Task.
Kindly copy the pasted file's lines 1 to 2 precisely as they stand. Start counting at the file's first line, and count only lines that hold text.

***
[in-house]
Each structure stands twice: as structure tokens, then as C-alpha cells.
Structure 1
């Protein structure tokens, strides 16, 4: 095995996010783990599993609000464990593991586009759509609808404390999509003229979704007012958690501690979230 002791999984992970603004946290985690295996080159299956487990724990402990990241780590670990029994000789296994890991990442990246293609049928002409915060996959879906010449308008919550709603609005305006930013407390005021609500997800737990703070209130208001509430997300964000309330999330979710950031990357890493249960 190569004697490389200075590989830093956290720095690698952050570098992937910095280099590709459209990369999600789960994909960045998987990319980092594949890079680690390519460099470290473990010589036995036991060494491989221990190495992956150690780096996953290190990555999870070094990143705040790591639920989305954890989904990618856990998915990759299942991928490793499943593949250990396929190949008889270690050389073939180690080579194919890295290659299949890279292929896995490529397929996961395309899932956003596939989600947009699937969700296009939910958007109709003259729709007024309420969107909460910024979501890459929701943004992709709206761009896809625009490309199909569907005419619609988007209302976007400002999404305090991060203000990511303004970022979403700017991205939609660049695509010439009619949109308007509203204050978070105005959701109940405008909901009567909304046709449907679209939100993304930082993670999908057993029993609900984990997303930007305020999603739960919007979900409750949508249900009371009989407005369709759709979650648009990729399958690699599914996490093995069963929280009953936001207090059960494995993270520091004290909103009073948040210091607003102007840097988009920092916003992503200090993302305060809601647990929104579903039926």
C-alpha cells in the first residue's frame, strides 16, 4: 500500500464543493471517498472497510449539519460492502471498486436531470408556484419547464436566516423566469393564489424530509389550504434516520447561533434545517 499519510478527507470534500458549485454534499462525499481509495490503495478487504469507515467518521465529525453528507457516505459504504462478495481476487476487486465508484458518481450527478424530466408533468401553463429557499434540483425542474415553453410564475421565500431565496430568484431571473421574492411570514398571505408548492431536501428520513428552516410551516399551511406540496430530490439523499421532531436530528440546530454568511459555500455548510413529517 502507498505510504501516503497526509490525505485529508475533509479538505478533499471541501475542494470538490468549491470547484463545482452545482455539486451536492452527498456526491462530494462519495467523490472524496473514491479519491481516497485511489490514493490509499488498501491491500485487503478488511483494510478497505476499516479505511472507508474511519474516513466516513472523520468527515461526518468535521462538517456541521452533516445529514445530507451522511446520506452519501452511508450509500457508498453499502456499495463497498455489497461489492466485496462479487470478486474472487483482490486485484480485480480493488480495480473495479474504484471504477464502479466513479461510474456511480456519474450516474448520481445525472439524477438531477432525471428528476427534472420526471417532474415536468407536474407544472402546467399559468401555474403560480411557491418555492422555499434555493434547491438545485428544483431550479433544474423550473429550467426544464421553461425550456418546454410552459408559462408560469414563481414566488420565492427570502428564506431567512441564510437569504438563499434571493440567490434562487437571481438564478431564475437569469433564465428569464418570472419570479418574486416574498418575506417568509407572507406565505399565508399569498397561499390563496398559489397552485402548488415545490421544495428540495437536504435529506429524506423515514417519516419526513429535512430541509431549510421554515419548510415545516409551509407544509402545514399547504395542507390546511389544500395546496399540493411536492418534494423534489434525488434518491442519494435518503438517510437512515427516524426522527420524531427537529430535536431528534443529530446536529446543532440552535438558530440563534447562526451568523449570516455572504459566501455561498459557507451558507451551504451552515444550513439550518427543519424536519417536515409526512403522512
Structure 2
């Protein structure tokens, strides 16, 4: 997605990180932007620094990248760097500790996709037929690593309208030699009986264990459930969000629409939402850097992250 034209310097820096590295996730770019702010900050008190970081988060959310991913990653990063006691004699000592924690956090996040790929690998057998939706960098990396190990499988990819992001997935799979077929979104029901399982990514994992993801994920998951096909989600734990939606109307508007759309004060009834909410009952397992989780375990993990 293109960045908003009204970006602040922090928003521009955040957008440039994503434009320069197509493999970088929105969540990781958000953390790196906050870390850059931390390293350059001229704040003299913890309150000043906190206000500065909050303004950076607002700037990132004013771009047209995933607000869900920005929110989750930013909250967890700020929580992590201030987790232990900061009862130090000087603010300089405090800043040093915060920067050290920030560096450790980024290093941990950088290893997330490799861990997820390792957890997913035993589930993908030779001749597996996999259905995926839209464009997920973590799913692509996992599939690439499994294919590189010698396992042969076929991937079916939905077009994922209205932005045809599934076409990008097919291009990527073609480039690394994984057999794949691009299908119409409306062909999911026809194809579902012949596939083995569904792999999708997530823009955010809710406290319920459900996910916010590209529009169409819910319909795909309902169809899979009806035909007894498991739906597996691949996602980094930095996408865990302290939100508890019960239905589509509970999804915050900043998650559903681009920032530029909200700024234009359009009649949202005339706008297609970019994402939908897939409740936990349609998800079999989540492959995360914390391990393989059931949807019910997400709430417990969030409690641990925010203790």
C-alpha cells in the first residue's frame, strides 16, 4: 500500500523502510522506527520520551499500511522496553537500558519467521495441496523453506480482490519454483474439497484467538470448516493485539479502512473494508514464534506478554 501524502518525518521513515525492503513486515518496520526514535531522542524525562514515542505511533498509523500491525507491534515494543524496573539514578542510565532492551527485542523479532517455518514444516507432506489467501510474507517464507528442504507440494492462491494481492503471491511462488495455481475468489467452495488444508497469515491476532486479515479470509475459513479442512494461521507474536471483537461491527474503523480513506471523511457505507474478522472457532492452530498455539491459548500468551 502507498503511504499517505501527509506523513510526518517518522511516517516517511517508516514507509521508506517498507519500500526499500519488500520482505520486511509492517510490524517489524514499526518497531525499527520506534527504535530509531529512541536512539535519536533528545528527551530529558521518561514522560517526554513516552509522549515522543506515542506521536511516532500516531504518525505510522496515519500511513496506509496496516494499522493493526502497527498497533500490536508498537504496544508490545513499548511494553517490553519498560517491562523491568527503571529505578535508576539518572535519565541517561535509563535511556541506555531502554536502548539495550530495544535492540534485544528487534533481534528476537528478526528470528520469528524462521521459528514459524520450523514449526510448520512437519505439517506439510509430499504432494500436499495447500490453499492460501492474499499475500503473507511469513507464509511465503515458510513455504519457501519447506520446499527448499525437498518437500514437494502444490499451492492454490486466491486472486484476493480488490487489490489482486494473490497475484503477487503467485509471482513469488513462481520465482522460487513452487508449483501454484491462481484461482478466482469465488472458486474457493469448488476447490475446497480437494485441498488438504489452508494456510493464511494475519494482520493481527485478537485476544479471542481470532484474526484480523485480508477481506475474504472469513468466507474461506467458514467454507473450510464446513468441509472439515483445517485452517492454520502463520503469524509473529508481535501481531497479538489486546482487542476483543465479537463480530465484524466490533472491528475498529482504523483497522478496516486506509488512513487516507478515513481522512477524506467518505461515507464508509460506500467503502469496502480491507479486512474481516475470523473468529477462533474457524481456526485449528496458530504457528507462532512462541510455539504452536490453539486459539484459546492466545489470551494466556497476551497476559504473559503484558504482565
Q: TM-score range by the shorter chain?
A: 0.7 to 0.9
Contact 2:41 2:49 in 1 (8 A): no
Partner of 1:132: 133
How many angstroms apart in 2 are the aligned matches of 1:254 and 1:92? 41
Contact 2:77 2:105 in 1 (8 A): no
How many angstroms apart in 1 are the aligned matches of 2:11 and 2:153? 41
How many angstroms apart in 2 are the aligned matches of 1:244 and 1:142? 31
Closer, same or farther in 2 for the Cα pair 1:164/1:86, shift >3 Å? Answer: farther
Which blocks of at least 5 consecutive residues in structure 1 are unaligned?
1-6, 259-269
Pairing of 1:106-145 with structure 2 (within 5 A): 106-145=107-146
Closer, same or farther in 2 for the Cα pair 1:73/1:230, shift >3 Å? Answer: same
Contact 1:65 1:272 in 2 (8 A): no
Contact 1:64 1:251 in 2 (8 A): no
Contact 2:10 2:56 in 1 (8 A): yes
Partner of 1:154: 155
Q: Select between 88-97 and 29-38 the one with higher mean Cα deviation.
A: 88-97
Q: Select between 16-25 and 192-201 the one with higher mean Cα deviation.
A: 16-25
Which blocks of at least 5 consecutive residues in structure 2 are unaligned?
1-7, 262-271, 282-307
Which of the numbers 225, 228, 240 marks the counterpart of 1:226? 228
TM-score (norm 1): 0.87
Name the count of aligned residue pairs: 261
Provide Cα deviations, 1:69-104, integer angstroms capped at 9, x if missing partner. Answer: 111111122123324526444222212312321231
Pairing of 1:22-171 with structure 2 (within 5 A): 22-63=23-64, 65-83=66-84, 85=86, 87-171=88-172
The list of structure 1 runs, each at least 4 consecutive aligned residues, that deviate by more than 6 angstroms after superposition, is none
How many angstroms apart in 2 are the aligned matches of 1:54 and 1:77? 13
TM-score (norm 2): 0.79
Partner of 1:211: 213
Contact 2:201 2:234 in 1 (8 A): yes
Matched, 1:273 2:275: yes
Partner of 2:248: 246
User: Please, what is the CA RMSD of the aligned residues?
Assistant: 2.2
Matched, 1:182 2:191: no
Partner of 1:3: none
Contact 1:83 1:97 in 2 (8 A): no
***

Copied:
[in-house]
Each structure stands twice: as structure tokens, then as C-alpha cells.